Last week we looked at putting on compassion, which sees others through the eyes of love. “Therefore, as God’s chosen ones, holy and dearly loved, put on compassion, kindness, humility, gentleness, and patience, bearing with one another and forgiving one another if anyone has a grievance against another. Just as the Lord has forgiven you, so you are also to forgive.” (Col 3:12-13)
Then Paul showed us that love is “an even better way” (1 Cor 12:31). “Above all, put on love, which is the perfect bond of unity. And let the peace of Christ, to which you were also called in one body, rule your hearts. And be thankful.” (Col 3:14-15) Love is the supreme attribute, and supersedes all other attitudes.
My Bible study group is studying the Beatitudes. Trust me when I tell you that looking into my own poorness in spirit, culminating in mourning my sin, and then looking at my lack of meekness has been like a bucket of ice cold water poured upon my head. I have been so prideful!
But instead of looking at others and seeing their faults, I’m learning to see others with the compassion of Jesus. “But when He saw the multitudes, He was moved with compassion for them, because they were weary and scattered, like sheep having no shepherd. Then He said to His disciples, ‘The harvest truly is plentiful, but the laborers are few. Therefore pray the Lord of the harvest to send out laborers into His harvest.’” (Matt 9:36-38)
Today, I’m drawn to Peter’s account of love: “Above all, keep loving one another earnestly, since love covers a multitude of sins.” (1 Pet 4:8) To “cover” sin is to forgive it, and forgiveness is associated with love. The best example of a love that covers sin is Jesus’ sacrificial death on our behalf. Jesus’ prayer from the cross, “Father, forgive them,” says it all (Luke 23:34). Jesus’ bearing of our iniquities was an undeniable act of love (Rom 5:8; 1 Jn 4:10). In fact, Jesus did more than just cover our sin; He did away with it completely (Heb 10:12-14).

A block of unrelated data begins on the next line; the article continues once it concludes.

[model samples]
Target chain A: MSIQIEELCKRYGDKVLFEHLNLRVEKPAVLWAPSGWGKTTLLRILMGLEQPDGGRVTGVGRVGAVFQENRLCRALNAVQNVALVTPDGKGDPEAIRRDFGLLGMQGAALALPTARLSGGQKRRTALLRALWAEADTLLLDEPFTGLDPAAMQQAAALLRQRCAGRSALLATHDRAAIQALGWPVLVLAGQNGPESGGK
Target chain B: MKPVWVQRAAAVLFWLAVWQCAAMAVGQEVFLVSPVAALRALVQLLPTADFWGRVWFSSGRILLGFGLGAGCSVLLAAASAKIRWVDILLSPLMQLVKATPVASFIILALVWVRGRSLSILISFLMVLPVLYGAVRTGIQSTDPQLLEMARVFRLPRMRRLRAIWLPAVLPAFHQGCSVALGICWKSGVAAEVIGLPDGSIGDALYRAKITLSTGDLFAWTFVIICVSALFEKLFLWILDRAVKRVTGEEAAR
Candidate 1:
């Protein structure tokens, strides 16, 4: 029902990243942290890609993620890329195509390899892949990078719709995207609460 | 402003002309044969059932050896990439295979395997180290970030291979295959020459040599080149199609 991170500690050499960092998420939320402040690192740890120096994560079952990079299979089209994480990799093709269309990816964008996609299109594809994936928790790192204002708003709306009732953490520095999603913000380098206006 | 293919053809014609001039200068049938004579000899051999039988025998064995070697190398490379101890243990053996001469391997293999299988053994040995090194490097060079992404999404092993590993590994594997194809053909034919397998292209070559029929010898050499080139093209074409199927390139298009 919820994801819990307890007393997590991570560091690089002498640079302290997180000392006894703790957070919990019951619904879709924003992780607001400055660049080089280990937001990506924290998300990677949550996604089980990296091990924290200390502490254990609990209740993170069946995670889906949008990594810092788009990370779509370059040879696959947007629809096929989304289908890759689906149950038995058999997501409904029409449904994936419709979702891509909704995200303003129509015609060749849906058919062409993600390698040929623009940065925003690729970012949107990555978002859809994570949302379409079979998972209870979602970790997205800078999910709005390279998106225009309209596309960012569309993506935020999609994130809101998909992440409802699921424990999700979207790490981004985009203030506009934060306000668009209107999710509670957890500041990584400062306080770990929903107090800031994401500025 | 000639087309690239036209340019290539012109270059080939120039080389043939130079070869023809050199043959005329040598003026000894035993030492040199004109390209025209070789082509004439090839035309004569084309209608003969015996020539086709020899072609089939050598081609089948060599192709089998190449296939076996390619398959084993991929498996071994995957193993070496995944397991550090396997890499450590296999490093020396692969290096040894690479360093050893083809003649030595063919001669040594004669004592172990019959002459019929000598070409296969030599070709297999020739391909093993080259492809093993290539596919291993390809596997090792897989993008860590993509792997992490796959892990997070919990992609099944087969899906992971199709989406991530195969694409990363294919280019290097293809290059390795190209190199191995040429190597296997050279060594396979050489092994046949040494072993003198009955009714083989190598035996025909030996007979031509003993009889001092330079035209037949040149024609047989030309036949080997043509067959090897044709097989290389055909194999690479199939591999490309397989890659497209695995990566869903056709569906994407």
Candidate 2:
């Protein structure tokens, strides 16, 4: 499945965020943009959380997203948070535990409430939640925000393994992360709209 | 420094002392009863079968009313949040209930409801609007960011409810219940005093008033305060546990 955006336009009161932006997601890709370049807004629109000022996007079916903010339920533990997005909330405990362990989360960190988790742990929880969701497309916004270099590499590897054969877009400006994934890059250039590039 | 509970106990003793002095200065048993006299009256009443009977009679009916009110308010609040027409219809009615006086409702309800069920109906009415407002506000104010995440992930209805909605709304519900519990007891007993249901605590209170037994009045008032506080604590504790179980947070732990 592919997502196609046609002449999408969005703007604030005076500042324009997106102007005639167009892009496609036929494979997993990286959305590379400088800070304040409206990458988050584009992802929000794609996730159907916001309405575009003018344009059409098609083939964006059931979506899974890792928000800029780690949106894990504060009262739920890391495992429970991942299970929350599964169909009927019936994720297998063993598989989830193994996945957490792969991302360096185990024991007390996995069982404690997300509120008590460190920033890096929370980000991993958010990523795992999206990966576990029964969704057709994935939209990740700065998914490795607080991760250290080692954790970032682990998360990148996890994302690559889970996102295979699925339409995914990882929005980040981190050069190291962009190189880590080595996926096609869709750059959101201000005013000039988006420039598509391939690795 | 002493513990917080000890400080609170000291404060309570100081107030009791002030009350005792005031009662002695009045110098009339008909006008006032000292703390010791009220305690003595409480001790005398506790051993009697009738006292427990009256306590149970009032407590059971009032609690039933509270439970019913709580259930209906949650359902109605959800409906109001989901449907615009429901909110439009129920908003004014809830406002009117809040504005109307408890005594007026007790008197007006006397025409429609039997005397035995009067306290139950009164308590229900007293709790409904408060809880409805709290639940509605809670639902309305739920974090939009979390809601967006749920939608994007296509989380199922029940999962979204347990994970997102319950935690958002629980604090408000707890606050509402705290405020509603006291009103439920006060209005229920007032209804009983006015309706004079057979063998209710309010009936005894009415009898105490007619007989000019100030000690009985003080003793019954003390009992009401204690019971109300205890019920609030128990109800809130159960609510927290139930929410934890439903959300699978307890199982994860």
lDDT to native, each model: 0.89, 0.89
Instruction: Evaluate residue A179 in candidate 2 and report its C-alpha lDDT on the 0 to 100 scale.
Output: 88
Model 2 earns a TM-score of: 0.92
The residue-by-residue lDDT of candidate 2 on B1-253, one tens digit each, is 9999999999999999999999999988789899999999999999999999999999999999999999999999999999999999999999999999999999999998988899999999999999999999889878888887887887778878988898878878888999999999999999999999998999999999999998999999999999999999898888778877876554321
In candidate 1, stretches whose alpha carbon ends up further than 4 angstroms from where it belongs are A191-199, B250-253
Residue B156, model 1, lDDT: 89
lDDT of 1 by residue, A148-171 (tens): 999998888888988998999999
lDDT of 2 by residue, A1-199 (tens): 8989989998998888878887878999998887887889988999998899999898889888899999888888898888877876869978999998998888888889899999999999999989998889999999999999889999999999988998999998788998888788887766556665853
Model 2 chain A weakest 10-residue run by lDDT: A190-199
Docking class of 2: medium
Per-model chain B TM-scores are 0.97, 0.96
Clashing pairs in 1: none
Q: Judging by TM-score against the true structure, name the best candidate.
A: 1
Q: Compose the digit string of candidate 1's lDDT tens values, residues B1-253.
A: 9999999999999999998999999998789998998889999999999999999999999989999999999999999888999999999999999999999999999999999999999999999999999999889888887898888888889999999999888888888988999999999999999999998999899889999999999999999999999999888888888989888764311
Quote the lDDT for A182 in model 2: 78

In today’s Scripture the apostle is talking about interpersonal relationships. As believers we are to reflect the love of God by forgiving others. Jesus told His disciples, “A new command I give you: Love one another. As I have loved you, so you must love one another. By this everyone will know that you are my disciples, if you love one another” (John 13:34-35). Paul tells us that love “does not keep an account of a wrong suffered” (1 Cor 13:5). When we love each other, we are willing to forgive each other. Love covers sin in that it is willing to forgive.
Love also covers over a multitude of sins in that it does not gossip about sin. Rather than share the offenses of our brothers and sisters in Christ with anyone who will listen, we exercise discretion and restraint. God’s Word instructs us on the appropriate way to confront others in love. Love “does not rejoice in iniquity, but rejoices in the truth” (1 Cor 13:6).
Today’s text in context shows us what the Lord considers important, especially in these end times. “The end of all things is at hand; therefore be self-controlled and sober-minded for the sake of your prayers. Above all, keep loving one another earnestly, since love covers a multitude of sins. Show hospitality to one another without grumbling.” (1 Pet 4:7-9) We are to control our emotions, love one another earnestly, forgive one another, and be hospitable out of love, not duty.
What comes through to me is to be a cheerful giver of love. “The point is this: whoever sows sparingly will also reap sparingly, and whoever sows bountifully will also reap bountifully. Each one must give as he has decided in his heart, not reluctantly or under compulsion, for God loves a cheerful giver.” (2 Cor 9:6-7)
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